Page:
Therefore, you would expect environmentally conscious governments to prioritize analog radios because they save energy. At the very least, they have a good reason to reject energy-hungry digital radios.

However, digital technology continues to evolve, becoming more efficient with each passing day. The British government published papers in 2011 which noted that a tabletop DAB radio’s energy consumption had declined (from 5.84 watts to 4.78 watts).

Additionally, portable DAB radio energy consumption had fallen from 4.68 watts to 3.14 watts. Therefore, DAB radios are not necessarily a threat to your wallet. More importantly, even at their worst, radios are still weaker than TVs.

The Energy Savings Trust published the results of a study showing that radio has an annual average energy consumption of 35kWh. That figure jumps to 658kWh for plasma TVs.

5). Radios are cheaper. Therefore, you have more of them in the world. Families that can’t afford TVs own multiple radios. However, in a home with both technologies, one TV set uses more power than multiple radios. Keep in mind that the average household owns multiple TVs.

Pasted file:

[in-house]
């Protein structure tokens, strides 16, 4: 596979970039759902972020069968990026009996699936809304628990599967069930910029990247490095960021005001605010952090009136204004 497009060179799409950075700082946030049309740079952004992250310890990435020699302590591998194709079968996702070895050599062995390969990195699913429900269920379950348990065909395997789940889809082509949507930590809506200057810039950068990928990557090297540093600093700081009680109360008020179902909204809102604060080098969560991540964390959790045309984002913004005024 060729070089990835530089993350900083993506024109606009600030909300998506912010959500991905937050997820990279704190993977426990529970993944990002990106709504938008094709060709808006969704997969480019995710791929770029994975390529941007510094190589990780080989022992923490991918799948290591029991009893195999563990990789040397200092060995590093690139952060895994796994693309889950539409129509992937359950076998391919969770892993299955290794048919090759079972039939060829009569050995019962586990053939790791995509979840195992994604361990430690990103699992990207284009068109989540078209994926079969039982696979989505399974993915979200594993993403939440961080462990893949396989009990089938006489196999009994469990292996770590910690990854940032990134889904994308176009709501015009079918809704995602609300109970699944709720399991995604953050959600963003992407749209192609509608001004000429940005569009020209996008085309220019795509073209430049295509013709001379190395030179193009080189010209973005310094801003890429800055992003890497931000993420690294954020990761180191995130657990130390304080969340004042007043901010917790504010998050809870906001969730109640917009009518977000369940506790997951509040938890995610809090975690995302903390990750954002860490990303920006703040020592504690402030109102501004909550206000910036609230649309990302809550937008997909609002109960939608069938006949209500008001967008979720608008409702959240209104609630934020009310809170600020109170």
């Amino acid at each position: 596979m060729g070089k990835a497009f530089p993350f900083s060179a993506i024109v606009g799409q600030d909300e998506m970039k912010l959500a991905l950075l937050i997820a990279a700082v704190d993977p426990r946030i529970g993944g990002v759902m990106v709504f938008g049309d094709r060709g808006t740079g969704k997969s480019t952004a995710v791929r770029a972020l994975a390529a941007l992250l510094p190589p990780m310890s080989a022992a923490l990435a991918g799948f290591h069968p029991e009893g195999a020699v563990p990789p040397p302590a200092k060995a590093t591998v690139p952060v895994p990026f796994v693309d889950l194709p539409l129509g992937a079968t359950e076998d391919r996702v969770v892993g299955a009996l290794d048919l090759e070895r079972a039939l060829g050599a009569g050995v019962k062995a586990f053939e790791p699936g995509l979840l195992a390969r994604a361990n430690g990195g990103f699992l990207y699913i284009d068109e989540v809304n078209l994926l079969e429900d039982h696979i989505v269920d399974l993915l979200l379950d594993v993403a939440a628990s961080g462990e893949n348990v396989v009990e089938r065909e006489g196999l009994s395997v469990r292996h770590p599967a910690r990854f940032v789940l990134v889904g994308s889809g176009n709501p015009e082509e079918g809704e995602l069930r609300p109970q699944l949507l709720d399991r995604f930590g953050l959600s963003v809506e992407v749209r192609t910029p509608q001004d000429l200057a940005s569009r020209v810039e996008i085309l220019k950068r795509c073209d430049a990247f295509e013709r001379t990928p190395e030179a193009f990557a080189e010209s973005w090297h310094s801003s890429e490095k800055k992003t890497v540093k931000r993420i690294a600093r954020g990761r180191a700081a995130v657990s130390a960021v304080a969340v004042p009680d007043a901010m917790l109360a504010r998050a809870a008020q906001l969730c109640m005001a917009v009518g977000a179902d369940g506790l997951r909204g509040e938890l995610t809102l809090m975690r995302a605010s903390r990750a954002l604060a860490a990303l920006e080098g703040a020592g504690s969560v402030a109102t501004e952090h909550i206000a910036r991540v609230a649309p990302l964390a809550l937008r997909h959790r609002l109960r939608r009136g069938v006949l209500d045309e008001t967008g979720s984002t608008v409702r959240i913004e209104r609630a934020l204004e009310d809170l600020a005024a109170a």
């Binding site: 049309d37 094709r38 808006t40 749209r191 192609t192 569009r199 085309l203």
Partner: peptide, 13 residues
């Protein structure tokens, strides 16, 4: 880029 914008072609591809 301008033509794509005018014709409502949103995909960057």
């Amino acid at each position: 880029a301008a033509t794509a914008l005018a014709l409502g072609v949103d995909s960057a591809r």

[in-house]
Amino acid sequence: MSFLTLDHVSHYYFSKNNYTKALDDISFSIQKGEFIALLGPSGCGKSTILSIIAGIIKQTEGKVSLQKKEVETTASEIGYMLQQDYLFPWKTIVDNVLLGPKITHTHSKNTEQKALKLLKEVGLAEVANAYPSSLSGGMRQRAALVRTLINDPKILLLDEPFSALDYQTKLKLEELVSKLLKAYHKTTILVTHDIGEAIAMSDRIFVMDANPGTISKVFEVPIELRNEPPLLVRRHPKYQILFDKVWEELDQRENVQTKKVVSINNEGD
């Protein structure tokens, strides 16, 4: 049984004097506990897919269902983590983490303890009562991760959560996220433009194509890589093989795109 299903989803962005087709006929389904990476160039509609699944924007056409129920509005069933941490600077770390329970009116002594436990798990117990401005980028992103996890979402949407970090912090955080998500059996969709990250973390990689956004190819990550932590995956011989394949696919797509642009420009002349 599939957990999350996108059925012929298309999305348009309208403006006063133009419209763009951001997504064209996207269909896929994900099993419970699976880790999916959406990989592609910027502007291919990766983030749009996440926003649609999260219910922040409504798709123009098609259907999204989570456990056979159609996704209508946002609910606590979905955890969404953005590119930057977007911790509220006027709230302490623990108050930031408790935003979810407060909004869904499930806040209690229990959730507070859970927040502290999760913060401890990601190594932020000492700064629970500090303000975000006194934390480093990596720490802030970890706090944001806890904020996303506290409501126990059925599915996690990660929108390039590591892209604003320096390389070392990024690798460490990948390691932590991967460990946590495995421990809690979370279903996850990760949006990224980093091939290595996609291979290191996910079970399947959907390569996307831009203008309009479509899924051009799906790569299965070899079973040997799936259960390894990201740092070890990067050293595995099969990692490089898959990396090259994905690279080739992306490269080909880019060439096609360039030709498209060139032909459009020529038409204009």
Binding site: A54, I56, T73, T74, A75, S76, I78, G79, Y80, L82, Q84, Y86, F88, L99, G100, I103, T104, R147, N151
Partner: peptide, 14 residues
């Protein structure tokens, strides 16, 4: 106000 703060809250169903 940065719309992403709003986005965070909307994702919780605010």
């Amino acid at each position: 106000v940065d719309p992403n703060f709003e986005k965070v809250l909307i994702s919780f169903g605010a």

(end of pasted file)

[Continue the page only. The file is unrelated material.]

Therefore, you must conclude that a TV uses more electricity than a radio.

Factors That Affect Energy Consumption


  • Radio Type

As you now realize, traditional analog radios use less energy than their digital counterparts. A digital radio’s energy consumption is still lower than what you find in television sets. However, if you want to lower a radio’s energy consumption even further, you should select cheaper, less sophisticated models.

The more sophisticated the radio type, the more power they use.

  • Medium

What medium are you using to listen to the radio? Many laypeople associate radios with specialized devices that receive signals from radio stations. But what about your phone? How many of you listen to the radio via an app on your phone?

What about the TV? How many times have you listened to your favorite radio program through the speakers of an OLED TV? The medium makes a significant difference. Streaming a radio program on your phone through the internet will consume more energy than listening to that same program on an actual radio.

The same is true for the TV, tablet, smartwatch, and every other device you have on hand. The cheapest way to listen to the radio is through an analog device.

  • Usage Pattern